Controversies about Stonehenge are never far away. Here’s another one, as the Daily Telegraph reports.
Stonehenge began life as an impressive Welsh tomb which was dismantled and shipped to Wiltshire, archaeologists now suspect.
Experts have known for some time that the smaller bluestones of the 5000-year-old Neolithic monument were brought 140 miles from the Preseli Mountains in Wales. But the question has always been why?
Why would the English settlers bother to make a lengthy pilgrimage for Welsh stone when they had perfectly good local sandstone quarries nearby – from which they would later cut the imposing ‘sarsen’ stones for Stonehenge.
The answer is that the stones were probably brought by the Welsh themselves, when they decided to relocate to the area, and did not want to leave their ancestors behind.
Professor Mike Parker Pearson at the Institute of Archaeology at University College London believes that Stonehenge began life as a Welsh monument to the dead.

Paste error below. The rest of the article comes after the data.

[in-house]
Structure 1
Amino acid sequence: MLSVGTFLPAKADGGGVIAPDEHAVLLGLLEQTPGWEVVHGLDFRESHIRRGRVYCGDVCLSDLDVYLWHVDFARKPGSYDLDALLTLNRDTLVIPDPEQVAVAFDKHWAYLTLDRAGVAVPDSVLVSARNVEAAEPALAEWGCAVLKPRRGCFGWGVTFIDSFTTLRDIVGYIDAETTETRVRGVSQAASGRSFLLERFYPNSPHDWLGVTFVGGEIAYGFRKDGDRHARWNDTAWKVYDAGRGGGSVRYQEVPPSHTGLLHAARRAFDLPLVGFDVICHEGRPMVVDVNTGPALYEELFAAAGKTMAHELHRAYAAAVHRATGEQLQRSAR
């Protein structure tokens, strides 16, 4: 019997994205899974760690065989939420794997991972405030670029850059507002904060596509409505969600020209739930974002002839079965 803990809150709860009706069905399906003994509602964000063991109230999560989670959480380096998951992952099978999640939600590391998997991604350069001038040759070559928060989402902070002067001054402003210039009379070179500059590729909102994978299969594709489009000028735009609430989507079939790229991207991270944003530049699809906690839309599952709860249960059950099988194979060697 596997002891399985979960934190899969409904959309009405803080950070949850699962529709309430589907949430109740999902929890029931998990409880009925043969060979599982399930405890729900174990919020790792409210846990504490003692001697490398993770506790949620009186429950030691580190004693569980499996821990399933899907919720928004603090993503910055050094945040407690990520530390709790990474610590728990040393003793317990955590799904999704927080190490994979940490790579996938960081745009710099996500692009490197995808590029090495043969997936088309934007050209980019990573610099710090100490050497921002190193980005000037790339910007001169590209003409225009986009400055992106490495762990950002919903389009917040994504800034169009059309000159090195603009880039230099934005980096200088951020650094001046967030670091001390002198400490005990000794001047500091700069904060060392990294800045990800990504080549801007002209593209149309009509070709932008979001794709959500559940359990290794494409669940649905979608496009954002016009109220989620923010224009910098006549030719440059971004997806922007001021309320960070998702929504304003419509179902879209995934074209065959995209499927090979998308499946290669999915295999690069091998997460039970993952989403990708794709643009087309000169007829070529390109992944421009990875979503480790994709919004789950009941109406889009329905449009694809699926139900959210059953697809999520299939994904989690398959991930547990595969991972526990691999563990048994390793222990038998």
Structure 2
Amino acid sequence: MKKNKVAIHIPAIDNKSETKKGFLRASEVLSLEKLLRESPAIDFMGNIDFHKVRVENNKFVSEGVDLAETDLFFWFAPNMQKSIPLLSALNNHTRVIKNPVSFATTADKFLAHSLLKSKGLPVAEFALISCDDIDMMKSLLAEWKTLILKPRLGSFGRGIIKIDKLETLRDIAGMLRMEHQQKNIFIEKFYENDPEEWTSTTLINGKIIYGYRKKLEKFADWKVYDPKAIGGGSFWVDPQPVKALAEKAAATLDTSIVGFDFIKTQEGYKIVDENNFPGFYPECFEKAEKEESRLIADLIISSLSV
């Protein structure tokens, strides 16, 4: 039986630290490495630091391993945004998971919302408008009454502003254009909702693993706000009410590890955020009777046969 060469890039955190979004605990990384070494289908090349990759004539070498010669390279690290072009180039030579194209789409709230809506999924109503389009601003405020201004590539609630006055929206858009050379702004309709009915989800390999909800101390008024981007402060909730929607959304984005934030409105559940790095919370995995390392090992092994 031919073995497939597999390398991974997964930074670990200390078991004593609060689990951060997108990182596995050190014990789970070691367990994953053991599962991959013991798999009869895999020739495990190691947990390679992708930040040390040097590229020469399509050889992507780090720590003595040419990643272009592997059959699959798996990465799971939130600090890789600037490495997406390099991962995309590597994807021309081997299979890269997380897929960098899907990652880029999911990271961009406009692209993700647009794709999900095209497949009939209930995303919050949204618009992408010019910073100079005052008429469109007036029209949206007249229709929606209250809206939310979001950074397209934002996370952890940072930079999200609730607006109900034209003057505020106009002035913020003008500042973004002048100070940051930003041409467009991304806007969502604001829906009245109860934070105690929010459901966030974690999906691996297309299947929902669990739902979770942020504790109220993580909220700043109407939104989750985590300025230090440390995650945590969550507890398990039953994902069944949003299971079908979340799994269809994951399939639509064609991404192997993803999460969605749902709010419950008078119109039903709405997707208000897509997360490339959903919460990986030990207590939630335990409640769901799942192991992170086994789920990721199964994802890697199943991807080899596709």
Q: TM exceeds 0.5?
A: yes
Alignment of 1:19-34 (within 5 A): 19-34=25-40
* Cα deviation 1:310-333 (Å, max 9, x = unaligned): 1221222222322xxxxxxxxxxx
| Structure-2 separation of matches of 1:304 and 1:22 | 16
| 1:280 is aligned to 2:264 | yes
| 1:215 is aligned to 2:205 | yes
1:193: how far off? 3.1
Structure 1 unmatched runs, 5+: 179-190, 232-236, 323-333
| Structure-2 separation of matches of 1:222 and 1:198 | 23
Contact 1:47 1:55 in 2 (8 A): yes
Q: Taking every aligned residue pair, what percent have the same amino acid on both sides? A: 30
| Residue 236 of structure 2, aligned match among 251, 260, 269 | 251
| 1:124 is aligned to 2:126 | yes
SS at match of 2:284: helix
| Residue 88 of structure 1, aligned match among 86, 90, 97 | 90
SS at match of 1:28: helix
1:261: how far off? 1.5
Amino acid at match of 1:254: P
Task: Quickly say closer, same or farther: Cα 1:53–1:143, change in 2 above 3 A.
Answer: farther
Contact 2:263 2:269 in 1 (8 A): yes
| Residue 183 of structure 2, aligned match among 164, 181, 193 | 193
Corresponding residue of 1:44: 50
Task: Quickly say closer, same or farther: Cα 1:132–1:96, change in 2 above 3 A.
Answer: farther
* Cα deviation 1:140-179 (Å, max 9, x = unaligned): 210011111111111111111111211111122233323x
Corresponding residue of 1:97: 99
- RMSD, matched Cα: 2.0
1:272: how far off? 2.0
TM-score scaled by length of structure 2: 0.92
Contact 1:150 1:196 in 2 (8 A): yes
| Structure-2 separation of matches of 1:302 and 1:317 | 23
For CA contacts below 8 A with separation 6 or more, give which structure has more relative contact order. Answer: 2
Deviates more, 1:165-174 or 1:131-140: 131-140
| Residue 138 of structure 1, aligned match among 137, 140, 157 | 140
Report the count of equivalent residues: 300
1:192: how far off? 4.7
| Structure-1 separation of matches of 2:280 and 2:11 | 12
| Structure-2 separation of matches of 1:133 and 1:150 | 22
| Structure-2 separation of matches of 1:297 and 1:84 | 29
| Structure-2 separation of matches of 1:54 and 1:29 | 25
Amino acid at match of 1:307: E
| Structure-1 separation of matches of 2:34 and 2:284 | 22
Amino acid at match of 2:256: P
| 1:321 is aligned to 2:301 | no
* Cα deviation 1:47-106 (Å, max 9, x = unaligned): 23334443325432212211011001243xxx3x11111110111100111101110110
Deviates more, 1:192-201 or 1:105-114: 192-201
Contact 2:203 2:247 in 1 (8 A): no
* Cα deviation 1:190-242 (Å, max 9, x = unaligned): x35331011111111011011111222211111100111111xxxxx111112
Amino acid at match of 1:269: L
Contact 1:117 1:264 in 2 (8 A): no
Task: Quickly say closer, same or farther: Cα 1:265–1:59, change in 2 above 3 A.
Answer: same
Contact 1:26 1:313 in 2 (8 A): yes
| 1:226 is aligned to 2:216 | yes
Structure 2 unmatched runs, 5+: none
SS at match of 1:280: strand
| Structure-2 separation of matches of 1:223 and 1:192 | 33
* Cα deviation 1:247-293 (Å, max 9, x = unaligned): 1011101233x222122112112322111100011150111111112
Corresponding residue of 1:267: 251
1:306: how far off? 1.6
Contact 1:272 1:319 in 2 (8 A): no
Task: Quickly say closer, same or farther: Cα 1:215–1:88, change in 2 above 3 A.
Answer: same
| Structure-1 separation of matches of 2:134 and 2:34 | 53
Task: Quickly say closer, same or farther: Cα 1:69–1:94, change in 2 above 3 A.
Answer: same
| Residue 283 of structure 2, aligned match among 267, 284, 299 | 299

“The Welsh connection isn’t just about stones, it’s likely to be a long term movement from west to east at this particular time,” Prof Parker Pearson told the Hay Festival.
“Why dismantle an original monument? We’re wondering if it actually might have been a tomb with a surrounding stone circle which they dismantled. If that were the case they were basically carting the physical embodiment of their ancestors to re-establish somewhere else.
“Their idea of packing their luggage was rather more deep and meaningful than our own. They are actually moving their heritage, and these stones represent the ancestors. They are actually bringing their ancestors with them.
“The more we find out about Neolithic society, their culture and religion, it is focussed on the ancestral dead. If you build in stone for the dead, that is a society that is worshipping its ancestors.”
Full Daily Telegraph report: Original Stonehenge was dismantled in Wales and moved to Wiltshire, archaeologists believe